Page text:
La Vía Campesina started spreading the word about sustainable agriculture and food sovereignty in 1993. The movement emerged in the context of the globalization of agricultural policies and out of the need for small-scale farmers to be heard. Today, this grassroots movement represents 70 countries in the fight for fairer agricultural practices. It has organized and participated in campaigns against the World Trade Organization and neoliberal policies, and has advocated for the rights of poor peasants at local and global levels.
By incorporating technologies into their fight, the movement shows a whole new side. Most recently, they published a documentary on Vimeo about the movement that has been subtitled in four languages, showing, once again, the globalization of the story. In the video, people who speak French, Spanish, English, and Portuguese explain what Vía Campesina does, while also showing what they do. They protest, they participate in forums, and they farm.
On their website you can see that they truly are all over the world. Their movements and actions span the globe, and even occur in Italy, Japan, and Indonesia. Most recently, on October 16, the Food and Agriculture Organization of the United Nations celebrated the 37th session of the Committee on World Food Security. During this event, la Vía Campesina, along with 44 other civil society organizations, nation-states and one private sector organization, worked on a draft for the Voluntary Guidelines on Responsible Governance of Tenure of Land, Fisheries and Forests. This document seeks to “improve governance of tenure of land, fisheries and forests… with the goals of food security, poverty alleviation, sustainable livelihoods, social stability, housing security, rural development, environmental protection and economic growth.” Through a YouTube channel, representatives of the Italian sector of the movement informed people on what exactly was happening at the committee session held in Rome.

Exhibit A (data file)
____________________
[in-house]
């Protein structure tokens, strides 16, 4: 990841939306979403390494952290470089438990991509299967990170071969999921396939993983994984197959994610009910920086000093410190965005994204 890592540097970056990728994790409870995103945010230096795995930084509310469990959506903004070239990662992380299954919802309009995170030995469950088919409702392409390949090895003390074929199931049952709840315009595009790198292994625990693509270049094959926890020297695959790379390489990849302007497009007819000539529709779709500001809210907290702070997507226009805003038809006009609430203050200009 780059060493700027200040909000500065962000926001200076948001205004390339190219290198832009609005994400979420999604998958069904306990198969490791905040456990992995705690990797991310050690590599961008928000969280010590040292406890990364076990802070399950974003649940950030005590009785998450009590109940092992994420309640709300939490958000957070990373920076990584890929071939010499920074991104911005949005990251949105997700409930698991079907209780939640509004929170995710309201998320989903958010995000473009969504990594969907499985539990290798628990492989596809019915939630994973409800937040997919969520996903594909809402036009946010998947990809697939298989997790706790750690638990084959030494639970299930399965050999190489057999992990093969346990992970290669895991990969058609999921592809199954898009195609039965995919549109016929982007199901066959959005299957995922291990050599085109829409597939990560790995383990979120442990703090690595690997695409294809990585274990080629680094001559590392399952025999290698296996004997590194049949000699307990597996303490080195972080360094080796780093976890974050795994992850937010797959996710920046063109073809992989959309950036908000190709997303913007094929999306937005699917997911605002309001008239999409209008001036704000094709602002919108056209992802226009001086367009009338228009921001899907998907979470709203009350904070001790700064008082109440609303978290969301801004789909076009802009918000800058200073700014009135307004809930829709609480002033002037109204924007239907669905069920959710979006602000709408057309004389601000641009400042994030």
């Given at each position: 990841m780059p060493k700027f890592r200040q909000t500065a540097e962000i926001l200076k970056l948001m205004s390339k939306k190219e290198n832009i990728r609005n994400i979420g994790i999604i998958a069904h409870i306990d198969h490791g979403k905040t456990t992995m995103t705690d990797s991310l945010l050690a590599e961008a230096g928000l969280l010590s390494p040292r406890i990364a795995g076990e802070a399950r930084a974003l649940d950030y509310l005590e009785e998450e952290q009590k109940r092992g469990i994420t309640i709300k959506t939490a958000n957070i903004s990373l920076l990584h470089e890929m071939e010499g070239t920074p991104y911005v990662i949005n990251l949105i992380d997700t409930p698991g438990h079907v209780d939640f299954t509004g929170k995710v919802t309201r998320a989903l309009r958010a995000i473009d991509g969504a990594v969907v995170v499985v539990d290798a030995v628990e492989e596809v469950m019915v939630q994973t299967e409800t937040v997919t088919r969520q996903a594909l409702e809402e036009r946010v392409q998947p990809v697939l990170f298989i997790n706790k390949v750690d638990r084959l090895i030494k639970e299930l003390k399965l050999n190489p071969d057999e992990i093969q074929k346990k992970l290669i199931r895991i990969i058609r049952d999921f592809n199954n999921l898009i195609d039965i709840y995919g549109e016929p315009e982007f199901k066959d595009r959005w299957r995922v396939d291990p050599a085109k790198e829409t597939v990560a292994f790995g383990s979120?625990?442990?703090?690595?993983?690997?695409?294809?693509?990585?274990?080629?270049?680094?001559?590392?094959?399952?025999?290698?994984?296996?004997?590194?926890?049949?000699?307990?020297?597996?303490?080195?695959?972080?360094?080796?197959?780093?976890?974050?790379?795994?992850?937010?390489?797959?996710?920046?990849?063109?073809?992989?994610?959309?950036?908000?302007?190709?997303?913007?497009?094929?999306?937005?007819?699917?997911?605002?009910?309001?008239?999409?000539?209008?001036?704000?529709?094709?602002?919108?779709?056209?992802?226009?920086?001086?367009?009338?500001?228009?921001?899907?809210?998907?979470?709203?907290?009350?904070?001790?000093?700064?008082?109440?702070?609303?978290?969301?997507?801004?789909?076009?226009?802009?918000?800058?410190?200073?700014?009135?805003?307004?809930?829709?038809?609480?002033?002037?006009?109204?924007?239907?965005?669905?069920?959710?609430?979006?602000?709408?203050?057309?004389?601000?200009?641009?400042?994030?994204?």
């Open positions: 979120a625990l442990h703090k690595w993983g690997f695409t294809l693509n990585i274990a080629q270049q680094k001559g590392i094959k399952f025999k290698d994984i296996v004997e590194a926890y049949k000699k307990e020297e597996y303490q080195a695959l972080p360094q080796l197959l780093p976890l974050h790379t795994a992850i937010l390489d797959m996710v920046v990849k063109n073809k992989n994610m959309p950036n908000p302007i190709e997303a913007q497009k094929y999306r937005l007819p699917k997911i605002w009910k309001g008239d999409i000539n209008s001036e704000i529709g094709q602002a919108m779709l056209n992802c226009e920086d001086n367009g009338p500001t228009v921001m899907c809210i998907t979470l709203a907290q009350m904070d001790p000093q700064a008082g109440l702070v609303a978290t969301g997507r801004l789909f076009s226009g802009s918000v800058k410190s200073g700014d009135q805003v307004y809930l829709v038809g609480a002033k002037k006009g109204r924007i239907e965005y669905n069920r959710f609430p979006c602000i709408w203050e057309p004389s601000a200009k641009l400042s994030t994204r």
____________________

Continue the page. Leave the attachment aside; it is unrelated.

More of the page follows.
In a time when there are serious food shortages in some parts of the world, the rise of civil society in the international decision making context could not be more desirable. And with the aid of the internet they are trying to reach far and wide. They’re raising awareness in places that might otherwise be ignorant of the world’s hunger problem, and involving more people in action.
(The photo is by Ian MacKenzie of Vancouver, Canada via Flickr, using a Creative Commons license. To see one of La Via Campesina’s videos please check below.)